FORT MORGAN, Ala. (WKRG) — A reluctant release on Tuesday of a very young Kemp’s Ridley sea turtle who at times didn’t seem to know which way to go. That is completely understandable after being in captivity for more than a year.

It was late summer last year when Kathy Adams was called about a sea turtle struggling to survive. “There had been a storm. He got caught in the surf. He was pounded in rough surf, rougher than what the surf is today and he just got caught right at the edge and kept getting pounded and pounded and pounded.”

Even after he was rescued, it didn’t look good. “I knew he was in very dire straits of needing assistance,” said Adams. “I wasn’t sure he would survive.”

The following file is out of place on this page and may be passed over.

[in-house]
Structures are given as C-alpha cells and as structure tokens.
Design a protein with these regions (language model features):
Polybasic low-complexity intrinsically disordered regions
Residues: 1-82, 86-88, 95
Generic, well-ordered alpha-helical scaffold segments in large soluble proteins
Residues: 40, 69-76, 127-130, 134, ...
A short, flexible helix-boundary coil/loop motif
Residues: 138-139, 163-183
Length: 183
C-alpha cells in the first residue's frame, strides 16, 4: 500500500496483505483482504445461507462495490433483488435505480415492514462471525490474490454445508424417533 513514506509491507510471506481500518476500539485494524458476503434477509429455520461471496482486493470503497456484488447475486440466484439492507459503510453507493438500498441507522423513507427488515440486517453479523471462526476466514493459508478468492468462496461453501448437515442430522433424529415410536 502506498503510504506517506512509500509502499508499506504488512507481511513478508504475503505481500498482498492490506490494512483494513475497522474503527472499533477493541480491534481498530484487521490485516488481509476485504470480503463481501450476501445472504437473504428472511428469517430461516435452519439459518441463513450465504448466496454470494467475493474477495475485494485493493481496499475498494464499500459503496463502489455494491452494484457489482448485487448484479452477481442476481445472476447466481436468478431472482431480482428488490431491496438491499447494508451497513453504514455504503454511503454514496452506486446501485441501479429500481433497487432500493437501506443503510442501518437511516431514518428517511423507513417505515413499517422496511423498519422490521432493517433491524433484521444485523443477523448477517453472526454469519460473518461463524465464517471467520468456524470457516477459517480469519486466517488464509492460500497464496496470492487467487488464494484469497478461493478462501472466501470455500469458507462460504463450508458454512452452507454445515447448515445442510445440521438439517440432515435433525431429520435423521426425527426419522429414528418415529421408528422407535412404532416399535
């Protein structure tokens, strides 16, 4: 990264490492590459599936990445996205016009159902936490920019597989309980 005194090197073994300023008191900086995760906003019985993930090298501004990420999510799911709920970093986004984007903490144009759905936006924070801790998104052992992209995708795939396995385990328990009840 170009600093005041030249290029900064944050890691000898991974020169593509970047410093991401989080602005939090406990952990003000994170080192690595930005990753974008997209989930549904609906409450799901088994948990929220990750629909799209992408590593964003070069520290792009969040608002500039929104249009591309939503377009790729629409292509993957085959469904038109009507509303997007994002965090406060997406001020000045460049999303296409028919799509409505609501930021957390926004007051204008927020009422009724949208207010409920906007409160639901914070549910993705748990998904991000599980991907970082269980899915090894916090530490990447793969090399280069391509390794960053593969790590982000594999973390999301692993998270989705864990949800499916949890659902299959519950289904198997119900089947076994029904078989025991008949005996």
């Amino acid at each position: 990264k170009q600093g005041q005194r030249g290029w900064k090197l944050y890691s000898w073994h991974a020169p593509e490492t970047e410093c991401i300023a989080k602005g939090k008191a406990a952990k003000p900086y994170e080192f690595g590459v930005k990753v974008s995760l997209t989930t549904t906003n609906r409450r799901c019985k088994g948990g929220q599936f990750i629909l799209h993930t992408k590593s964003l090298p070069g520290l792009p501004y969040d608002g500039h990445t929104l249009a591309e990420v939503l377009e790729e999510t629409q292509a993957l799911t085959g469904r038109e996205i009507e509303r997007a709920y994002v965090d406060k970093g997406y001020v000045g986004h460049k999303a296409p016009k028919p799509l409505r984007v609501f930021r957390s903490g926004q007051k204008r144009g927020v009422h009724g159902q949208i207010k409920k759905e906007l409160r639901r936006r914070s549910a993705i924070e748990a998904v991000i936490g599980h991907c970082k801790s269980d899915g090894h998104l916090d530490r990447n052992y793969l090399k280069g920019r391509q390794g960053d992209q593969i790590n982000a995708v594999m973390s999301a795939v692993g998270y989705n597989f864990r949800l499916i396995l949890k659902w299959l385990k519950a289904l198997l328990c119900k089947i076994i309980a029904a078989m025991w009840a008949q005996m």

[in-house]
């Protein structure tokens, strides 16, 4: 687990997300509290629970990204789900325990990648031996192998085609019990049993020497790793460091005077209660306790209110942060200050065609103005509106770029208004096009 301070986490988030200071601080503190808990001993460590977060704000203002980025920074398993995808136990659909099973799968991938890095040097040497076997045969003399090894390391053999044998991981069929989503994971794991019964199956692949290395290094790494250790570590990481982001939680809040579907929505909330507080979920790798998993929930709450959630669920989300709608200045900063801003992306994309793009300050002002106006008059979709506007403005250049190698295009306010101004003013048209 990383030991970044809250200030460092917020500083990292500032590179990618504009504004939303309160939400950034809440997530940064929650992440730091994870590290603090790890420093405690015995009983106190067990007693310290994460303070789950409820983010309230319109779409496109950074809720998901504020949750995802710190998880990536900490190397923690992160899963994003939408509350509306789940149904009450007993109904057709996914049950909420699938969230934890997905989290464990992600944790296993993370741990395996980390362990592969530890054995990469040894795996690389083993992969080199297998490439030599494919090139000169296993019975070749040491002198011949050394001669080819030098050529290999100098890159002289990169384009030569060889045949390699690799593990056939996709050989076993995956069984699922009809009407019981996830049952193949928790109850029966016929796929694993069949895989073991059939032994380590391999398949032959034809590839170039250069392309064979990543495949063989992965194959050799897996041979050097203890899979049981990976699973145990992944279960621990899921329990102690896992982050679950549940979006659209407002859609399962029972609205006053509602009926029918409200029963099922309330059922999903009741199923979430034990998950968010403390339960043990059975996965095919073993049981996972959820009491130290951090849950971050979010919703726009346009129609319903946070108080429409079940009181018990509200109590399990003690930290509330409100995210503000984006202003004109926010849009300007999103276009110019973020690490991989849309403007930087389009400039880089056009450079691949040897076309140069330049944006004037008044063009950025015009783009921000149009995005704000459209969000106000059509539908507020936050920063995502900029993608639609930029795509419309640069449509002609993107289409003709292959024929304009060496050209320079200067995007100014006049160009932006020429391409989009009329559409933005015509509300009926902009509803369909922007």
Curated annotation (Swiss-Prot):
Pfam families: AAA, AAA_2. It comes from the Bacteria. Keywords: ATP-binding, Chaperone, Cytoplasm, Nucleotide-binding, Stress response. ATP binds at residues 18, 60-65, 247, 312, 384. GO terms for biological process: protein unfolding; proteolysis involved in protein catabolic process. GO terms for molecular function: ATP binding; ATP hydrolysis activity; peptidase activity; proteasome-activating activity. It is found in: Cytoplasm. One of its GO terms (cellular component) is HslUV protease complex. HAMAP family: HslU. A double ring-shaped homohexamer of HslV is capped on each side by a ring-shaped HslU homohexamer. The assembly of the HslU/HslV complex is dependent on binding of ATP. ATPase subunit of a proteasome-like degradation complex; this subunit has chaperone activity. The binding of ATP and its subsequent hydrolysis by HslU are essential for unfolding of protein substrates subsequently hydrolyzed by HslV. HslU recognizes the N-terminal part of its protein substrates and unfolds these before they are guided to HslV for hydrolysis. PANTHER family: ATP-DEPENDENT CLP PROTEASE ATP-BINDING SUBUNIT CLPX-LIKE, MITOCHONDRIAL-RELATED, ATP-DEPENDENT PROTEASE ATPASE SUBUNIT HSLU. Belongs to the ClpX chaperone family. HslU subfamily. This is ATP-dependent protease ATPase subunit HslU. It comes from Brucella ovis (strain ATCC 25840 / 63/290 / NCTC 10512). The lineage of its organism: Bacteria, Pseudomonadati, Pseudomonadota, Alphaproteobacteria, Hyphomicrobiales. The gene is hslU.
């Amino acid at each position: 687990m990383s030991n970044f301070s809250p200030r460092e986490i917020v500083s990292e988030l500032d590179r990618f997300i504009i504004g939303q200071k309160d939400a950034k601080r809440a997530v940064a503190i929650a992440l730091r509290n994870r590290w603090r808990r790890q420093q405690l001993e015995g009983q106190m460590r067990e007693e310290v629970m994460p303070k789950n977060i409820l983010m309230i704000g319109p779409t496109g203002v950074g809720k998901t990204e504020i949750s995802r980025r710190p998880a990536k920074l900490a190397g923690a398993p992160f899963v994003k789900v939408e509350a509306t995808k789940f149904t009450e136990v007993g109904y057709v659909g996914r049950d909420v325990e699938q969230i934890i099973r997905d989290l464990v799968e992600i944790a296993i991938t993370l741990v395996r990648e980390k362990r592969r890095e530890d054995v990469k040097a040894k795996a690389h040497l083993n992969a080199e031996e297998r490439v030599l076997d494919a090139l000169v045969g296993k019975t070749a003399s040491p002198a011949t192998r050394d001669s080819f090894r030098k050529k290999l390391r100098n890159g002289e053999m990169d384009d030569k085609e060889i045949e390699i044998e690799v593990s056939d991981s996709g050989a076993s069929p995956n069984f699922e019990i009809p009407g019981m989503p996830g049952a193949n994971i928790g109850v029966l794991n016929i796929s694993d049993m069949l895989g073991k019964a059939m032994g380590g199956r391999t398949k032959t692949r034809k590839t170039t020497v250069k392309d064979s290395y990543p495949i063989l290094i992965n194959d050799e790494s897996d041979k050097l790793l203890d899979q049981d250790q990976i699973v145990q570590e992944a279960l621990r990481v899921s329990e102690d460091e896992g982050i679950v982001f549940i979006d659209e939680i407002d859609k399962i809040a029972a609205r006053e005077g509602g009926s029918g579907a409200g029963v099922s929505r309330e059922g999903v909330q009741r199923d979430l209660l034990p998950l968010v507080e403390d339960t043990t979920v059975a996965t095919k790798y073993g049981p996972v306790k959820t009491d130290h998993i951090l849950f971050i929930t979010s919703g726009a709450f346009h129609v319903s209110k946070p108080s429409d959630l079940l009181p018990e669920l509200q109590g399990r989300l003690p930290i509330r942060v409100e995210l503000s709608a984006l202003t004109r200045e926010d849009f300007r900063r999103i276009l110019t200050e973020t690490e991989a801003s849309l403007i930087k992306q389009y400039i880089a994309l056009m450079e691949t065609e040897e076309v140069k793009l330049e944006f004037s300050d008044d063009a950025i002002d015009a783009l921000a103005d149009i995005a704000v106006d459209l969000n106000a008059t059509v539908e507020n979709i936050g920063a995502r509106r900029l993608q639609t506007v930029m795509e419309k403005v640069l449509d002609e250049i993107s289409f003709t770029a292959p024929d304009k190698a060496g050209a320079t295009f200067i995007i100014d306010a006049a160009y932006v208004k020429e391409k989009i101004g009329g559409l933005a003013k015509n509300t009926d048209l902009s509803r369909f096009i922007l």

That’s where the Institute for Marine Mammal Studies in Mississippi came in. He didn’t have any physical injuries. Stranding technician Callie Austin said he just needed a little help. “He was definitely dehydrated, a little skinny so he definitely needed some food.” He weighed almost two pounds when he arrived at IMMS, he is almost eleven pounds now.

It is a full-circle moment for Adams who saw him at his worst and now at his best. “I’ve been doing this for 20 years so to see this and to see how they can thrive, it’s just heartwarming.

From rescue to release it doesn’t get any better than that.

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